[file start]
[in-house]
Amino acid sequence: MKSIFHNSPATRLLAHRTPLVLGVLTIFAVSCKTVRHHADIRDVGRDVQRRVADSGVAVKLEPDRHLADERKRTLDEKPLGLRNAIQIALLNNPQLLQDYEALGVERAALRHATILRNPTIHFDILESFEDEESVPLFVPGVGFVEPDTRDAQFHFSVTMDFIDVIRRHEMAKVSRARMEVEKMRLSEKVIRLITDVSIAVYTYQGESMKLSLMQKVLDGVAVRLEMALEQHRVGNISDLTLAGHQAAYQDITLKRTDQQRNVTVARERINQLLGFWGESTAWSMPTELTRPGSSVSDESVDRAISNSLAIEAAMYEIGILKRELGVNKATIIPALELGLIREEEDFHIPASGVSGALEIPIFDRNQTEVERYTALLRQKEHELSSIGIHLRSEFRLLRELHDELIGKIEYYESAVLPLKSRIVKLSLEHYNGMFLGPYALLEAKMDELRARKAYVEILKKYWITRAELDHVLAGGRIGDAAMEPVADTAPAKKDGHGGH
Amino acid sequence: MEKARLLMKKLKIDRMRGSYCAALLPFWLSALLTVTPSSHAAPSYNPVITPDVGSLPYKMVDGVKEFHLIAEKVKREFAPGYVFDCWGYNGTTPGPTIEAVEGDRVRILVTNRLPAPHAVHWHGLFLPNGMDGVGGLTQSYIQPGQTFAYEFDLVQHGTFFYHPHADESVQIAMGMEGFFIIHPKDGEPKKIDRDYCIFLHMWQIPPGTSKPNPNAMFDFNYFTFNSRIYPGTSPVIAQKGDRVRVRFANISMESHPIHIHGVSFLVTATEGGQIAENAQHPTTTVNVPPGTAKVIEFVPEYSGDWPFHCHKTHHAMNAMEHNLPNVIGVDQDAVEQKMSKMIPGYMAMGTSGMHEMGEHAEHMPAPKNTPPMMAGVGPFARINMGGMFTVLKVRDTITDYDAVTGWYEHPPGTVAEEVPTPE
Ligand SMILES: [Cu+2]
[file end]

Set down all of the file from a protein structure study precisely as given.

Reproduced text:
[in-house]
Amino acid sequence: MKSIFHNSPATRLLAHRTPLVLGVLTIFAVSCKTVRHHADIRDVGRDVQRRVADSGVAVKLEPDRHLADERKRTLDEKPLGLRNAIQIALLNNPQLLQDYEALGVERAALRHATILRNPTIHFDILESFEDEESVPLFVPGVGFVEPDTRDAQFHFSVTMDFIDVIRRHEMAKVSRARMEVEKMRLSEKVIRLITDVSIAVYTYQGESMKLSLMQKVLDGVAVRLEMALEQHRVGNISDLTLAGHQAAYQDITLKRTDQQRNVTVARERINQLLGFWGESTAWSMPTELTRPGSSVSDESVDRAISNSLAIEAAMYEIGILKRELGVNKATIIPALELGLIREEEDFHIPASGVSGALEIPIFDRNQTEVERYTALLRQKEHELSSIGIHLRSEFRLLRELHDELIGKIEYYESAVLPLKSRIVKLSLEHYNGMFLGPYALLEAKMDELRARKAYVEILKKYWITRAELDHVLAGGRIGDAAMEPVADTAPAKKDGHGGH
Amino acid sequence: MEKARLLMKKLKIDRMRGSYCAALLPFWLSALLTVTPSSHAAPSYNPVITPDVGSLPYKMVDGVKEFHLIAEKVKREFAPGYVFDCWGYNGTTPGPTIEAVEGDRVRILVTNRLPAPHAVHWHGLFLPNGMDGVGGLTQSYIQPGQTFAYEFDLVQHGTFFYHPHADESVQIAMGMEGFFIIHPKDGEPKKIDRDYCIFLHMWQIPPGTSKPNPNAMFDFNYFTFNSRIYPGTSPVIAQKGDRVRVRFANISMESHPIHIHGVSFLVTATEGGQIAENAQHPTTTVNVPPGTAKVIEFVPEYSGDWPFHCHKTHHAMNAMEHNLPNVIGVDQDAVEQKMSKMIPGYMAMGTSGMHEMGEHAEHMPAPKNTPPMMAGVGPFARINMGGMFTVLKVRDTITDYDAVTGWYEHPPGTVAEEVPTPE
Ligand SMILES: [Cu+2]